There are plenty of fish in the sea, and there are plenty of recruitment agencies. Some work well, some, well, do not. How to spot the difference and how to know if you spend your money wisely?First, let’s analyze what could make cooperation bad from the Hiring Manager’s perspective. Statistics do not show a rosy picture:

  • 61% of Hiring Managers do not believe recruiters understand the role well
  • 77% of Hiring Managers think that screening is inadequate to the role
  • 42% of Hiring Managers would prefer recruiters to build a “talent pool”, so the company doesn’t have to start over every time

Source: iCIMS Hire Expectations Institute™ survey, a sample of 375 hiring managers and 600 recruitersIf those opinions are popular, there probably are SOME decent reasons for them. It also points out the gravity of the problems with building teams that companies face - many managers dislike agencies. Why? In short - they do not feel recruiting is a priority, the candidates’ agencies send do not fit requirements, project updates are rare or useless, agencies go silent after the first couple candidates are a miss. Despite all of that, companies still need those services very much and use them.But this junky form of relationship is not a necessity - it is an option. We want to show you how a bad structure of incentives and some questionable practices can stop your company from scaling up fast using a staffing agency.

Understanding the company and the role

Recruiting is essentially building relationships - and none will be more important than the one a recruiter has with the company and the hiring manager. Making a great hire is a team effort, and you simply can’t do it alone.So anytime you begin recruiting cooperation, be a bit more demanding. The fact that you hire an outside expert recruiter does not mean you should be kept in the dark about what steps will come next (and why!). A reasonable standard should be a well-ran Kick-off meeting, with a broad range of questions about your expectations, the role, and the company and its culture. These are, after all, crucial to separate a very good candidate from a perfect one. Make sure to have a direct line to the recruiter, and to get an explanation about methods the agency will use to find and reach candidates.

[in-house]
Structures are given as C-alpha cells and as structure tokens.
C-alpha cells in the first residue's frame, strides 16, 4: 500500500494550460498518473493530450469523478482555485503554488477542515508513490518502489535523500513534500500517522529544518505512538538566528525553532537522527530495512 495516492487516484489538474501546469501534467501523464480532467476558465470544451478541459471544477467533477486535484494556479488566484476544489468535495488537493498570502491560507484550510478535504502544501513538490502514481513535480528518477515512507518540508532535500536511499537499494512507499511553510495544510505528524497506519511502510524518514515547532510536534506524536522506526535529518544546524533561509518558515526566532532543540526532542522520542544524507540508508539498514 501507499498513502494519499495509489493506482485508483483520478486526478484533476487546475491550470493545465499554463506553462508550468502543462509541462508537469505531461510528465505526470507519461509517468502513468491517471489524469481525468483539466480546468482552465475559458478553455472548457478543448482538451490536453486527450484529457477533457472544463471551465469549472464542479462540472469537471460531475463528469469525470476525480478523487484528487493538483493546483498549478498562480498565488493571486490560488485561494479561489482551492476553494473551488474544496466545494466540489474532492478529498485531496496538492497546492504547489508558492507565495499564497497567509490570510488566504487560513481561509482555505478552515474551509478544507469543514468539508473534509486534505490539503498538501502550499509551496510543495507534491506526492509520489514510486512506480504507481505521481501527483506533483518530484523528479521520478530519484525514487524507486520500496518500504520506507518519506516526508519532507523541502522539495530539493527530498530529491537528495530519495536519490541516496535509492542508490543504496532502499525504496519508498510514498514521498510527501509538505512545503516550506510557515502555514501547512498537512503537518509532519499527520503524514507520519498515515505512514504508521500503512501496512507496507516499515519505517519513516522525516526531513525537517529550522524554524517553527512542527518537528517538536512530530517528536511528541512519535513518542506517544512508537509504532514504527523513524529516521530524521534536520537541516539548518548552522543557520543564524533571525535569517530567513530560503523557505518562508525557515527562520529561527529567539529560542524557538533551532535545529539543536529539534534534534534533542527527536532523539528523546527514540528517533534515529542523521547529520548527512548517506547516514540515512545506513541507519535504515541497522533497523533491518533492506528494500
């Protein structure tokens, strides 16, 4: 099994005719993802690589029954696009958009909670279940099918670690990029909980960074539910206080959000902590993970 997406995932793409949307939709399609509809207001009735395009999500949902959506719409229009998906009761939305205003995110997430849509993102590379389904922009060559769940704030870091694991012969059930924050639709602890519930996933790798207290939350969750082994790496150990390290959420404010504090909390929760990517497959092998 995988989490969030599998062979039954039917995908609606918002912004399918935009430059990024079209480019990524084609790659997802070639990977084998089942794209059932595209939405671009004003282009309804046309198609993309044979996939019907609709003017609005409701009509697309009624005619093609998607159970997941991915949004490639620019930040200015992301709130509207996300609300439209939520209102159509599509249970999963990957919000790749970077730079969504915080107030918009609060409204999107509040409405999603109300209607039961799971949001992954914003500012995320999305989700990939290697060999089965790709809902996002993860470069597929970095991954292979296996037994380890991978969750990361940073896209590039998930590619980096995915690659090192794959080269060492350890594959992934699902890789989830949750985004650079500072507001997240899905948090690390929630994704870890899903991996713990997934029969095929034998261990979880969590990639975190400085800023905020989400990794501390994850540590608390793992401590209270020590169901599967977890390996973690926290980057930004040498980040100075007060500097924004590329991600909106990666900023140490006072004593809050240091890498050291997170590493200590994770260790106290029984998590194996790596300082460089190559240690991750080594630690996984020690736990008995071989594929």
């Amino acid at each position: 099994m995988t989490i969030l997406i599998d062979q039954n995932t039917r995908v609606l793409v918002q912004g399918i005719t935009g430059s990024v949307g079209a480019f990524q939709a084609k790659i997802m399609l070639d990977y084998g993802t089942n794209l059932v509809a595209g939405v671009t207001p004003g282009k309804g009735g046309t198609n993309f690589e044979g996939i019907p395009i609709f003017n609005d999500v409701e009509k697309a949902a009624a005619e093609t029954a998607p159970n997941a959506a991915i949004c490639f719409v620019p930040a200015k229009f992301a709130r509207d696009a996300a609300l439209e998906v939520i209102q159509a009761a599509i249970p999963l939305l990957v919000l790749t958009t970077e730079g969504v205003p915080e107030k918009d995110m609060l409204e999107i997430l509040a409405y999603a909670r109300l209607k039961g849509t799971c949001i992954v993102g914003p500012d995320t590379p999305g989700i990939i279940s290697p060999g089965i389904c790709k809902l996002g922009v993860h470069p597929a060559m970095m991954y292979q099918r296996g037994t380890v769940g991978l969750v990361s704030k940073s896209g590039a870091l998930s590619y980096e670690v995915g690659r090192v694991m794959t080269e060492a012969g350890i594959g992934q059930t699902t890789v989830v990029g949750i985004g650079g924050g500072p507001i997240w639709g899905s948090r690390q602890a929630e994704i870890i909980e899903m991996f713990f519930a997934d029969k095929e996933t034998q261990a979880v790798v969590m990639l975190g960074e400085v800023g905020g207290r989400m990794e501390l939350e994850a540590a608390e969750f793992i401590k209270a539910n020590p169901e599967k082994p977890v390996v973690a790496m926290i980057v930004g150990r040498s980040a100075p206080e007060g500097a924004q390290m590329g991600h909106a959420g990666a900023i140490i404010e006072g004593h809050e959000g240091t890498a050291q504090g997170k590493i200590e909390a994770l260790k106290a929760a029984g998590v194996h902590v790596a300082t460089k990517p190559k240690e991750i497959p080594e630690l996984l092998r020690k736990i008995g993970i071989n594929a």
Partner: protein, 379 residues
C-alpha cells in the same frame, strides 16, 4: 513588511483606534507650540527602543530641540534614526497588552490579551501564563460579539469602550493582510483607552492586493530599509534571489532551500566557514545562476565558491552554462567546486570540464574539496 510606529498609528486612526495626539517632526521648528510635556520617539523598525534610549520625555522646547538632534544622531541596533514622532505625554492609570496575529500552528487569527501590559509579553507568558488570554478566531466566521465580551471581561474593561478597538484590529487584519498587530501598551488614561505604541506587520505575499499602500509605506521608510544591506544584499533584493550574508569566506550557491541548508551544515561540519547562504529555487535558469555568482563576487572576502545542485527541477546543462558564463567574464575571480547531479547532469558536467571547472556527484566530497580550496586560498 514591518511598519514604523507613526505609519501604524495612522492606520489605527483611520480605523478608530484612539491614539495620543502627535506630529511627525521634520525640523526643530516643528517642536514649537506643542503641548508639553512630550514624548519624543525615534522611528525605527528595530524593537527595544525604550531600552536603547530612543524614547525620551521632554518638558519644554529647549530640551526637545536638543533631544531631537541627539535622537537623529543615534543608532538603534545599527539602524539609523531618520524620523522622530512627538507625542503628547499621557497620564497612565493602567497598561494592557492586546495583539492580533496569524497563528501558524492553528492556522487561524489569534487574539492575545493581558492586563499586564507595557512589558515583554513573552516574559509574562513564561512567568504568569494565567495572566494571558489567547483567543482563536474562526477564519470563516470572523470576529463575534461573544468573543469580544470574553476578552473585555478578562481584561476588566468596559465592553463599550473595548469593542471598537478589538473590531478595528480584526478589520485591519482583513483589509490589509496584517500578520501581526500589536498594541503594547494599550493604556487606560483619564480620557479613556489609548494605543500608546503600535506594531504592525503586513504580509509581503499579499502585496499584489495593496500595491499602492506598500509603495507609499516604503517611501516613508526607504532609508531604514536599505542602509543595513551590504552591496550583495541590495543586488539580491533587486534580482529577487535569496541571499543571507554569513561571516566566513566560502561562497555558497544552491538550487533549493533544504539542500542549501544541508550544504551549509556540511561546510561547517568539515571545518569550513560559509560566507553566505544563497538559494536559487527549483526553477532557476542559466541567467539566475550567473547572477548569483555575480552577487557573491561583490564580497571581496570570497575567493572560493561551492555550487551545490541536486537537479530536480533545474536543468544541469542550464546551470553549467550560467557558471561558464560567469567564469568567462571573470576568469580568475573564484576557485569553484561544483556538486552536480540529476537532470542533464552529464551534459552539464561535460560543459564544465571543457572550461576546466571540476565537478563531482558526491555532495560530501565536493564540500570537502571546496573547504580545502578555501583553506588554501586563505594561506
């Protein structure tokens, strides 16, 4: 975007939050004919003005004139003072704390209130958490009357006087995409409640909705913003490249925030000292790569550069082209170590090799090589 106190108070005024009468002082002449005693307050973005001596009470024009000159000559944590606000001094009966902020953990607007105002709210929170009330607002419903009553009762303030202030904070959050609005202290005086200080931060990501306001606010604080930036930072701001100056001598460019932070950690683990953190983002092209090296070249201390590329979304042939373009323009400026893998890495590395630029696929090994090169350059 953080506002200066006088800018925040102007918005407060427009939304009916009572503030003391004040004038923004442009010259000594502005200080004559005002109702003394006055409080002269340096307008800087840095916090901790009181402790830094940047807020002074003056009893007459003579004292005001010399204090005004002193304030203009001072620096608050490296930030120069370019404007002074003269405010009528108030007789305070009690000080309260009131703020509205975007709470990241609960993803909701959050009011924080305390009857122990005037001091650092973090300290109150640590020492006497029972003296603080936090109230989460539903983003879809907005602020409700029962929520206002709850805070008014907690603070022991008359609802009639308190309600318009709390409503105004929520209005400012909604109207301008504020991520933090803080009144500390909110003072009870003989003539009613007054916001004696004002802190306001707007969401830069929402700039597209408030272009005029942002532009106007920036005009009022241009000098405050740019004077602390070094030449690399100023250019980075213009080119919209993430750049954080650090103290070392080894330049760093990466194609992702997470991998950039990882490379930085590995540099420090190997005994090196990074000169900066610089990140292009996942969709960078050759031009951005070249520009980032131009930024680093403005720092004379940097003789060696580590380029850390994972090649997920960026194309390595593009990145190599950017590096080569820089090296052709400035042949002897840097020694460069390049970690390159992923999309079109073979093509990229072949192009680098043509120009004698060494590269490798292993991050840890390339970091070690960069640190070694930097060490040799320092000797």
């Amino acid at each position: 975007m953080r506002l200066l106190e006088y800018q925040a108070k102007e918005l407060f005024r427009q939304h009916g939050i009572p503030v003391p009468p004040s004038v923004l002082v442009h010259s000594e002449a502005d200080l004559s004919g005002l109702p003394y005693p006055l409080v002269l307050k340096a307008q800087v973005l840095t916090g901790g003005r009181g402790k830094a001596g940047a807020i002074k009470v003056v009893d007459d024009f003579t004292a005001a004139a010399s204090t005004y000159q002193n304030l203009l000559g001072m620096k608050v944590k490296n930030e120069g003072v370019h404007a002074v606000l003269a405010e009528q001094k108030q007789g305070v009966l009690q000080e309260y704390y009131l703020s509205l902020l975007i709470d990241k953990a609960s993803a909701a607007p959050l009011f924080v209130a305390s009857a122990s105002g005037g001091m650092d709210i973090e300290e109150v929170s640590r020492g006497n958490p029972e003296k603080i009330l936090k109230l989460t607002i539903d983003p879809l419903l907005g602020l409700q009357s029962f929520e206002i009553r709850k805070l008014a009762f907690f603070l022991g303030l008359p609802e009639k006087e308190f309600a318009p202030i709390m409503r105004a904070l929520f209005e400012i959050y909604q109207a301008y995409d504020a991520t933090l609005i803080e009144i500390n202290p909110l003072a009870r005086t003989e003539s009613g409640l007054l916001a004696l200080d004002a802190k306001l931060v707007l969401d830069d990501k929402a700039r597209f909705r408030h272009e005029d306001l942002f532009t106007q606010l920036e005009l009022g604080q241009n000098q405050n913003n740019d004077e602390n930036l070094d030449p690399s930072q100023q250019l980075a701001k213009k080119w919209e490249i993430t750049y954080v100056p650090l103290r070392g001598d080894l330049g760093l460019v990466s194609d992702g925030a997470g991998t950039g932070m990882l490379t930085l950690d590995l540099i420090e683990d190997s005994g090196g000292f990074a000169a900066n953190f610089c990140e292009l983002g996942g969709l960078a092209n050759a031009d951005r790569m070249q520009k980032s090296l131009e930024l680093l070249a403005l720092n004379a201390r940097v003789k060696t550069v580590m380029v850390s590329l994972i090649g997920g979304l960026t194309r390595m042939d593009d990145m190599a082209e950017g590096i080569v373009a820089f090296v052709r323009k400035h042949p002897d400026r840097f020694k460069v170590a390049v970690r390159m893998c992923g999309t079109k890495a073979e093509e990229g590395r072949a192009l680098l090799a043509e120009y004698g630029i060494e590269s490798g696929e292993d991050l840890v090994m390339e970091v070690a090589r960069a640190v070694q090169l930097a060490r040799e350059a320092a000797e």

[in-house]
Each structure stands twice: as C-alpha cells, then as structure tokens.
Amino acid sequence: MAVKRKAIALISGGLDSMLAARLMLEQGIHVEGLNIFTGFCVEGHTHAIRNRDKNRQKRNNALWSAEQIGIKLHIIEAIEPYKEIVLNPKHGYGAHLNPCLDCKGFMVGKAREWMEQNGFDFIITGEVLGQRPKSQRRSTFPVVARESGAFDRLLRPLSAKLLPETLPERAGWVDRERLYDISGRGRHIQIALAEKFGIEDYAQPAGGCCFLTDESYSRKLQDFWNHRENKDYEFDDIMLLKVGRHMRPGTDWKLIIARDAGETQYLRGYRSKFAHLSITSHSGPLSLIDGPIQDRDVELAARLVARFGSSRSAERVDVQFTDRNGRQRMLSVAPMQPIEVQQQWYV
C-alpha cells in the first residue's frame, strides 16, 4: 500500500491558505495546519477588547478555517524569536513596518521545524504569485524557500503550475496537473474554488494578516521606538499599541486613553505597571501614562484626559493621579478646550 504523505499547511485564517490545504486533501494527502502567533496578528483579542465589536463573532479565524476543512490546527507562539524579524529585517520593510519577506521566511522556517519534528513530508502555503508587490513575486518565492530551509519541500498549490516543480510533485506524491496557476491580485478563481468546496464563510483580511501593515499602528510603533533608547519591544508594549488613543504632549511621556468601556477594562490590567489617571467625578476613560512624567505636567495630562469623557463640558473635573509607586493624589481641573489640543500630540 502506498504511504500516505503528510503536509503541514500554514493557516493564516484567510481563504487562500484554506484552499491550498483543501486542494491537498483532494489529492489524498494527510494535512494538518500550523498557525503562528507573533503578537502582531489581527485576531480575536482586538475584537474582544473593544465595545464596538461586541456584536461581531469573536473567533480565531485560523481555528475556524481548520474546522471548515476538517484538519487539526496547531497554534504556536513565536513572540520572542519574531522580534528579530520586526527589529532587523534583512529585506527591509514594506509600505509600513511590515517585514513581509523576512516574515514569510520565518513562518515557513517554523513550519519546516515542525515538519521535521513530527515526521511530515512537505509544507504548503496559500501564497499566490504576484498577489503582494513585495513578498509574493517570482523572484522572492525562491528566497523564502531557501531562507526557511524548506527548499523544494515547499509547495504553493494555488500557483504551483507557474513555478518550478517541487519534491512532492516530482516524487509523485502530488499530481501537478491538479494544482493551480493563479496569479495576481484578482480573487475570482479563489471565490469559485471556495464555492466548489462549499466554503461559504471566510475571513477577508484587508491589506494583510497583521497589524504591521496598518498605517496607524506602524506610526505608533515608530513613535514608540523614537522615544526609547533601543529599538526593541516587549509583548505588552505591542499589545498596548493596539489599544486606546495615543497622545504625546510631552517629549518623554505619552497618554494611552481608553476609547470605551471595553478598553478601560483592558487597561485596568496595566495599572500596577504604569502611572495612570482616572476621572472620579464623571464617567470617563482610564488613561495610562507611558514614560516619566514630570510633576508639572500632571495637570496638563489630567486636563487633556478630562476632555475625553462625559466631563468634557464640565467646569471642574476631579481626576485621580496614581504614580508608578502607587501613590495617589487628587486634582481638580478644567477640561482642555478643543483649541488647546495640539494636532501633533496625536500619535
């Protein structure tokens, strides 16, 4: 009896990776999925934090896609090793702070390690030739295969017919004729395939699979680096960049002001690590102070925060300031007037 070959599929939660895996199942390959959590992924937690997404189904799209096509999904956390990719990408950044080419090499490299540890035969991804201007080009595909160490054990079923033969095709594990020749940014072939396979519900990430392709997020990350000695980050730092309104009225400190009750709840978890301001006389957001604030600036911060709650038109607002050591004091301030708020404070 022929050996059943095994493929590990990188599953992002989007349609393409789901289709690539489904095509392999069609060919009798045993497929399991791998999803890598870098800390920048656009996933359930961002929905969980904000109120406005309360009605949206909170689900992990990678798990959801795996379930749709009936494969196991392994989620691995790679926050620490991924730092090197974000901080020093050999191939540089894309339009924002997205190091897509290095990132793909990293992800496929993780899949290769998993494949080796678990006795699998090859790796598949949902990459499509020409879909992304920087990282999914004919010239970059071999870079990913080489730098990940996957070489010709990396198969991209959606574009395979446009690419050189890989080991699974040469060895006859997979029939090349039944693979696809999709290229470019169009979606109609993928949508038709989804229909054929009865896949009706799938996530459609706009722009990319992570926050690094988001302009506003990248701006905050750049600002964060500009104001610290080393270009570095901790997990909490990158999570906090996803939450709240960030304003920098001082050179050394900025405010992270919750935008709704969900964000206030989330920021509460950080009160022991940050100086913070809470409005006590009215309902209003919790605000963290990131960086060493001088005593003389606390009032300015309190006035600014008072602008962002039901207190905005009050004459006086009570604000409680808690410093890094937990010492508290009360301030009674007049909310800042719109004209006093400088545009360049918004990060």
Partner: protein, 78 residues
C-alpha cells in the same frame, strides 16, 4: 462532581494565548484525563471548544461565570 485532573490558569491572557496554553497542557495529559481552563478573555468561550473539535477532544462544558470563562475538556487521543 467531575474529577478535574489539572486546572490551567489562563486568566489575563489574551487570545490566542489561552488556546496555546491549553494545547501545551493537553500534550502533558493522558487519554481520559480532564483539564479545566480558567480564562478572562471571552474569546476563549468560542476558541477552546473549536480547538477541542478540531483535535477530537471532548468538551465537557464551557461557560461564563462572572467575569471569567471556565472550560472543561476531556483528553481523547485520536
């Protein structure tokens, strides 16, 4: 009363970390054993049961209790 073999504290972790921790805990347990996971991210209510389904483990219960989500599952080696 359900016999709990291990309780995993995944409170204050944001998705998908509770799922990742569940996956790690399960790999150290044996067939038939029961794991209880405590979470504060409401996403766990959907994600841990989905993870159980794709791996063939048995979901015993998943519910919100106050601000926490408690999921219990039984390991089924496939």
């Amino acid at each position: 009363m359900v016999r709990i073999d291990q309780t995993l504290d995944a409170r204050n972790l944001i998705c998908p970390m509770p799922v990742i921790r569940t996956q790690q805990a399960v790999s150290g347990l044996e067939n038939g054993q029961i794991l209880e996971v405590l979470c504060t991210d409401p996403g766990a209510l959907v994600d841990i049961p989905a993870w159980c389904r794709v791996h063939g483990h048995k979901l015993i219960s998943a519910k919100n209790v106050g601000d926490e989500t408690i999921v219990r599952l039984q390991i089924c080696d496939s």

Understanding the company and the role: How it works
  • Brief or non-existent Kick-off meeting.
  • Unstructured Kick-off meeting.
  • Recruiters spend little time getting to know your company and its culture.
  • Crucial communication is lacking or goes through the Account Manager.
  • Your company does not know precisely what means will be used to reach the candidates.
Understanding the company and the role: How it should work
  • 1-2 hours in-depth kickoff meeting.
  • A kick-off meeting is prep list is given to the client with topics and questions that will be covered.
  • HR department and the Hiring Manager are both engaged
  • Constant communication with the Lead Recruiter
  • A detailed recruitment efforts plan presented at the first meeting

The recruitment process

Again, there is a good balance here to be found. As a hiring manager, you do not want to micromanage and waste time. However, losing oversight can be just as harmful, as over time, lack of direction may lower the chances of a good hire.Recruiting is dynamic - new data, new needs, and new candidates can change the whole picture. To know when to react, you should have the ability to check the process performance frequently, which means getting updates more often than once a month - which, for many agencies, is still the standard.Do not settle for sporadic email communication with the recruiter only. Ask for data and an explanation of what it probably means. The process, as set in the beginning, should not be set in stone. A good recruiter can (and should) be your business partner, who, thanks to experience, can propose new solutions and tweaks - or to straight out suggest your assumptions may be wrong.

The recruiting process: How it works
  • A short report once a month
  • Email communication only or ad hoc via telephone
  • Low recruiter responsiveness to Hiring Manager queries
  • Reactive approach
  • Rotating or no Lead Recruiter
The recruiting process: How it should work
  • Quick channels of communication
  • All-you-can-eat data reporting
  • Radical transparency
  • Agile and evolving process based on 360° feedback
  • Only one, constant Lead Recruiter
  • Best tools on the market

Employer Branding

Attracting talent depends on having a strong Employer Brand - that fact has probably reached most managers out there. But the truth about recruiting’s relation with building that brand is still missing from many great business minds.Companies go to great lengths to show how fabulous and unique they are - and that may even be true! But for future employees, it is not the Career page on your website or your Instagram account that will make the strongest impact on their opinion about the company. Yes - you need to take care of those, absolutely. But it will be the first real touchpoint - when a recruiter presses that “Send” button on whatever channel - that truly matters.If you care about people as the website probably claims, you can’t treat people like their story does not matter. You need to show you care to get to know them, that you want to build the relationship the right way. If you are such a revolutionary, dynamic, fun and modern startup - how on earth are your recruiting messages so bland?A professional agency has both the means and the skills to save you from that early disappointment. Be sure that the messages sent out in the name of your company are interesting to read and are targeted at the right people and personalized. A good recruiter makes sure that candidates are aware of what your company represents early on, and that the scope of the challenge that awaits a candidate is clear.